[Daily Advent Reflection] You Will Be My People.

You Will Be My People.
Daily Advent Reflection.
Kimberly Roth.
Ezekiel 36:24-28
Saturday, December 3, 2011

I want you to be my love
I want you to be my love
‘Neath the moon and the stars above
I want you to be my love
- Over the Rhine
Listen: [ YouTube ] [ Spotify ]

These daily Slow Church Advent Reflections are based on the Daily Readings of the Revised Common Lectionary (Year B). We love for you to read and reflect along with us!
To keep up with this daily Advent series, follow SlowChurch.com on FACEBOOK or TWITTER.

There are many passages of scripture I cannot wrap my heart around. I read them, I wrestle with them, I mine them for glimmers of hope and occasionally, like Meg in A Wrinkle in Time, I exclaim “I see! I got it! For just a moment I got it! I can’t possibly explain it now, but there for a second I saw it!”

Humanity is a wreck. We cannot even begin to agree on what it looks like to love our God, to love our neighbor, or even to love ourselves. I take solace in the fact that even a cursory exploration of history reveals that we have never possessed such a skill, and that the deficiency seems to be inherent in the human condition.

Madeleine L’Engle has written in The Irrational Season:

“We have much to be judged on when he comes, slums and battlefields and insane asylums, but these are the symptoms of our illness, and the result of our failures in love. In the evening of life we shall be judged on love, and not one of us is going to come off very well, and were it not for my absolute faith in the loving forgiveness of my Lord I could not call on him to come.”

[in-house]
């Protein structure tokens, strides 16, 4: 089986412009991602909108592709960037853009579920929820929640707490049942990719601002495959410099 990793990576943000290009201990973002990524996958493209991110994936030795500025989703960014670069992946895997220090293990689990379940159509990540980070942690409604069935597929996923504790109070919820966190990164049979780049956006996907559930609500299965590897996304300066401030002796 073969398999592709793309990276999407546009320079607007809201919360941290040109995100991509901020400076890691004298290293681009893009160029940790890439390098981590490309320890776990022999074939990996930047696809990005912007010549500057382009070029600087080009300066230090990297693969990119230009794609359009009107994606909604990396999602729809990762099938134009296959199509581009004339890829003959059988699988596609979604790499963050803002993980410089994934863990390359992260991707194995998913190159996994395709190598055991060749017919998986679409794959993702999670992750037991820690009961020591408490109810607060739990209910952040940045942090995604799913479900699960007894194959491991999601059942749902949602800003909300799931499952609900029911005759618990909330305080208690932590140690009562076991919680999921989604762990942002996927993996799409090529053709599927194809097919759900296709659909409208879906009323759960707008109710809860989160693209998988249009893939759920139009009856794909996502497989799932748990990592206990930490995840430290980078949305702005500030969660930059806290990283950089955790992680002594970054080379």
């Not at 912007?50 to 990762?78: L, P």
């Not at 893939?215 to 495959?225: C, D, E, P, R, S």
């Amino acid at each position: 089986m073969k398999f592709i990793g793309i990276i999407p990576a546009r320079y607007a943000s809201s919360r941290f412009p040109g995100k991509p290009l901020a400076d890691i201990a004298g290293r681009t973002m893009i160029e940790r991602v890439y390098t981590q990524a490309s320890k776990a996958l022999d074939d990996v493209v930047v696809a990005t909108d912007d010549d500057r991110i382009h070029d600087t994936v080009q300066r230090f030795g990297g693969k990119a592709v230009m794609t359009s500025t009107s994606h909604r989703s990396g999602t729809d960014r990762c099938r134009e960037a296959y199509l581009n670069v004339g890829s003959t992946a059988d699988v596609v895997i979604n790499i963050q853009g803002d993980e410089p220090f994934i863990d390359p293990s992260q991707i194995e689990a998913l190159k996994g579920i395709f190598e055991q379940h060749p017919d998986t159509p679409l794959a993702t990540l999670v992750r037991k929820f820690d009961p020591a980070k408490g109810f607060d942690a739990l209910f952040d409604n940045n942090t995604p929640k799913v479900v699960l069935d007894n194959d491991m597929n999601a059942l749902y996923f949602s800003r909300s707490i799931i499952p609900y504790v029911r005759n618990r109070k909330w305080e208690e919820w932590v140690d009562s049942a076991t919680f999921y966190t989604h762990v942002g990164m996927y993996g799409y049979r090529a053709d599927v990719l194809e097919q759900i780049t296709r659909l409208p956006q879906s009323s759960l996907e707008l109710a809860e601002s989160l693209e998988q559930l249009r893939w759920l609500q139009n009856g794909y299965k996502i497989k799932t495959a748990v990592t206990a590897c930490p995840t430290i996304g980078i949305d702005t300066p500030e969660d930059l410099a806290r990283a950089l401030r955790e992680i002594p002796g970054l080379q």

We, indeed, have much to be judged on.

On the other hand, humanity is beautiful. In the midst of our communal struggle to discover what it is to truly live, we have learned to give, wage peace and heal in creative and self-sacrificing ways. I have had opportunity to glimpse the kingdom that was and is and is to come.

It seems to me, as I read through the scriptures, that (at least from the scribe’s point of view) God has had a hand in creating oppressed peoples, war and hostility. It doesn’t seem to line up with The Way taught by the Word Made Flesh. But it’s there, in the story of the scriptures. It’s there in the story of the prophet Ezekiel.

In the ancient give and take of mankind’s interactions with the Creator, God has asked us “How long…” and we have asked God the same. It would seem that neither of us understands the other very well.

Yet tucked away in story after story of prophets, priests and kings is a promise to God’s people:

I will gather you.

I will redeem you.

I will renew you.

I will restore you.

I will put my spirit in you.

I will be your God.

You will be my people.

In some way, shape or form, this promise echoes again and again throughout the stories of scripture. It is foreshadowed in the incarnation of Christ. And it is extended to every tribe, tongue and nation after the Pentecost as the spirit reveals that the grace of God is extended to all, that it is not the sole possession of Israel.

We will have much to be judged on when he comes.

We have many questions that trouble us in the here and now.

Because we believe that he is a God who longs to gather and cleanse, a God who longs to give us a new heart and a new spirit, a God who longs to move in us, we can call out in this Advent season, “Even so, come, Lord Jesus…”

——–

Kimberly Roth listens, lives and learns alongside both R Street Community Church and Eikon Church in Little Rock, Arkansas.

  • Susan Adams

    Well-done, Kimberly. Thanks for pushing my thinking today.
    Susan


CLOSE | X

HIDE | X